I went to MoSoFest and watched at least 40 bands play in one weekend
It’s Sunday evening and I am tired. Like, really tired. The kind of tired you get from running your ass off all weekend watching as many bands as humanly possible. But, of course, it’s not just about the music – it’s getting to see friends from all over Canada converge into the space of a few days, eating food on the run, and sipping on all the drinks. Whew.
MoSoFest, you’ve won this round. Can’t wait to do it again.
In no particular order, here are some of the highlights of our weekend:
No connecting flight? No problem
In addition to being a brilliant musician, Bradford Cox of Atlas Sound is also extremely resourceful. When his flight plans got all messed up while en route to Saskatoon, he used his time in Minneapolis’ airport to finish writing a new song. Even better, he debuted it for a packed house in Saskatoon’s Broadway Theatre. Combining washed-out soundscapes with delay pedal soundtrails, Atlas Sound is ambient music that is entirely engaging and beautifully apocalyptic.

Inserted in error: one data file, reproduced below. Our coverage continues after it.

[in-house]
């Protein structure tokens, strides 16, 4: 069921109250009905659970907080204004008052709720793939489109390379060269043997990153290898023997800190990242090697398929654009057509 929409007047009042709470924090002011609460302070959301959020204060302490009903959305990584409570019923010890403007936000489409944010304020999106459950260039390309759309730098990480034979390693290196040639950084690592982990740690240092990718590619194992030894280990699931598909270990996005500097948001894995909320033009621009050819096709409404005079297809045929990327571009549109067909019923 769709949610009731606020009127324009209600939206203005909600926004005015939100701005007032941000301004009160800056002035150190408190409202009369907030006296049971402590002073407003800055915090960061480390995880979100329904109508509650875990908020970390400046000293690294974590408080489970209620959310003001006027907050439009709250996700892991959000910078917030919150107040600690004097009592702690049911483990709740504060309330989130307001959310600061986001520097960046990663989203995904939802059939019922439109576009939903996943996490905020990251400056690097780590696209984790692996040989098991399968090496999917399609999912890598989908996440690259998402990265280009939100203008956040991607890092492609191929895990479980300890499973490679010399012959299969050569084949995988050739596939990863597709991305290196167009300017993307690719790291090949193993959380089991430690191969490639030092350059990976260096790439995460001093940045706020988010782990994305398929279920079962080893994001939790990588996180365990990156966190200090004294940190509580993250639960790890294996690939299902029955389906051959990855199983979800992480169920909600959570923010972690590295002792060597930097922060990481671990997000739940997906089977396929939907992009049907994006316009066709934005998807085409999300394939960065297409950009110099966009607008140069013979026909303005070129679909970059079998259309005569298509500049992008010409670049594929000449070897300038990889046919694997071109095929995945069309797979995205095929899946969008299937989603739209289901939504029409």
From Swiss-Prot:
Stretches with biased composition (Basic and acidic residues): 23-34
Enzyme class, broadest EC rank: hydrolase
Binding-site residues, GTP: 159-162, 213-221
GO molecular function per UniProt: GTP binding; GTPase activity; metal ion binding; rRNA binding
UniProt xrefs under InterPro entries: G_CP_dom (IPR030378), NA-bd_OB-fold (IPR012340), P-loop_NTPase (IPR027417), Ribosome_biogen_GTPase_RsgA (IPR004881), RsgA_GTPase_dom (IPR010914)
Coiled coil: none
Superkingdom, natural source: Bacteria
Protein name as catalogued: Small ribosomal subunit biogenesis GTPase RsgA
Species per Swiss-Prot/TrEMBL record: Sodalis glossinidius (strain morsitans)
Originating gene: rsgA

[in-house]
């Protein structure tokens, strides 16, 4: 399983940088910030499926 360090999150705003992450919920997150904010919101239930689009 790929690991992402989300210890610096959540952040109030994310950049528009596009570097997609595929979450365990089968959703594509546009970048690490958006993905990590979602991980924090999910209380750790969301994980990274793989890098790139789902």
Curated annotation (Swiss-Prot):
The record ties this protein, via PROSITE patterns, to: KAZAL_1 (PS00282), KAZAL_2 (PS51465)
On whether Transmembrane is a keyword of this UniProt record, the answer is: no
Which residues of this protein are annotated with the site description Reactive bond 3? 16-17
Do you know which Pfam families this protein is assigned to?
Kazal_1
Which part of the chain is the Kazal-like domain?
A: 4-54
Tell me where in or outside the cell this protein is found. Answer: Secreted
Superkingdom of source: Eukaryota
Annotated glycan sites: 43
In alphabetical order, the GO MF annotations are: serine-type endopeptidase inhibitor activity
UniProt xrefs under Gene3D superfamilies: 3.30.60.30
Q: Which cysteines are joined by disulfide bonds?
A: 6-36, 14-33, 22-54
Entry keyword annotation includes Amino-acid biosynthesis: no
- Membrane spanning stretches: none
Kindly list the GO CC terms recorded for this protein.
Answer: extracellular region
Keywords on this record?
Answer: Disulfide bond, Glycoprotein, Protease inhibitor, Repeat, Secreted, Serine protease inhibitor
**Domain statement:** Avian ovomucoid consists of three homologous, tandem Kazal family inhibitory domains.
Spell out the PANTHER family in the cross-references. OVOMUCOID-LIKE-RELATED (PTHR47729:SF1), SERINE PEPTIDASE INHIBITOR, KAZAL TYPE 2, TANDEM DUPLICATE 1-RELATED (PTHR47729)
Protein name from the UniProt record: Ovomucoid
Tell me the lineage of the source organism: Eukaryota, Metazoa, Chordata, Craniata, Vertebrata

I got to see Public Animal twice in one day
Ian Blurton rules, okay. Playing at Vangelis during the afternoon along with Future Forests, Toronto’s Public Animal ripped through a snarling set that saw Sir Blurton wander out into the parking lot to play for all the smokers. And then we got to see them get sweaty and ridiculous all over again – the perfect way to end a Saturday evening.
Calgary’s new favourite band
I almost dismissed 36? on name alone but their description as “Calgary’s new favourite band” in the MoSo schedule led me into Amigos to witness one of the best sets of the festival. 36? bounced about the stage and dove into the youthful crowd who were eating up all of their antics. Possibly Saskatoon’s new favourite band as well?
Who doesn’t like cheap beer? In celebration of our site launch, and that whole MoSoFest thing, Ominocity decided to go ahead and throw a party. And it was a good one – you helped us finish off that entire keg in just under 90 minutes. Huge thank you to everyone who came out and danced with us.
All my friends are buying diamonds for their girls